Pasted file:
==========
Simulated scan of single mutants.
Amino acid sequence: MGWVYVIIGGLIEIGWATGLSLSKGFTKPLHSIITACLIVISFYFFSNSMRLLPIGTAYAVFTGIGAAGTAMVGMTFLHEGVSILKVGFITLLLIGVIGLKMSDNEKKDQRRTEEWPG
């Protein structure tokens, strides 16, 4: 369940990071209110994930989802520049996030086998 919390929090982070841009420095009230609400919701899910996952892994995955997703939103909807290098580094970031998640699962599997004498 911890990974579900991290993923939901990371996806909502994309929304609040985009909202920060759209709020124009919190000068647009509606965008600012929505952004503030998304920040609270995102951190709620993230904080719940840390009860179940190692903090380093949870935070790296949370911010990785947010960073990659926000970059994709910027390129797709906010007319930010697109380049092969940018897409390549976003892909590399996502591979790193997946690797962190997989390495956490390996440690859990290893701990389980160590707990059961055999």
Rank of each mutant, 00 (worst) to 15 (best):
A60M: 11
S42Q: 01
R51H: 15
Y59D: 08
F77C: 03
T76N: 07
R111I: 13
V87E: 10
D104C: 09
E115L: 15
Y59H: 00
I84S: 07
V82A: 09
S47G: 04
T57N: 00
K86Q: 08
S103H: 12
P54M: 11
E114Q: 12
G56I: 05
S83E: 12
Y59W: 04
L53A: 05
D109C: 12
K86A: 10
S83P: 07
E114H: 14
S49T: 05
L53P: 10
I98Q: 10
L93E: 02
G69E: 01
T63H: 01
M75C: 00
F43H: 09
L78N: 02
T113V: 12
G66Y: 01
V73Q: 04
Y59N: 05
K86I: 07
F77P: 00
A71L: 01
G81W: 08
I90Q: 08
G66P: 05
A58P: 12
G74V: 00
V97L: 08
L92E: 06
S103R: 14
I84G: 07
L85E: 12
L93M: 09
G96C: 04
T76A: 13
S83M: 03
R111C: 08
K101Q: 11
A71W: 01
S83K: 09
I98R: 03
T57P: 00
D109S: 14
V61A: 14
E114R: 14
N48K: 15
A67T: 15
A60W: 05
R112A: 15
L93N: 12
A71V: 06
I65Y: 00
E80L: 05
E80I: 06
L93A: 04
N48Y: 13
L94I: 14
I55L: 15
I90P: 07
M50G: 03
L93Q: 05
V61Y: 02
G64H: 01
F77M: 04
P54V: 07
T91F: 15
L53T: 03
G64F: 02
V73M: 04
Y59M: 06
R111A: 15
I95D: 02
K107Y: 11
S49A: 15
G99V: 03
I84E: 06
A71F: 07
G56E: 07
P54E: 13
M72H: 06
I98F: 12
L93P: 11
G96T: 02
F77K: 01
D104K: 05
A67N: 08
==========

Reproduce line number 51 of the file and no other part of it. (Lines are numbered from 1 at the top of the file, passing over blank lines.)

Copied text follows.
A58P: 12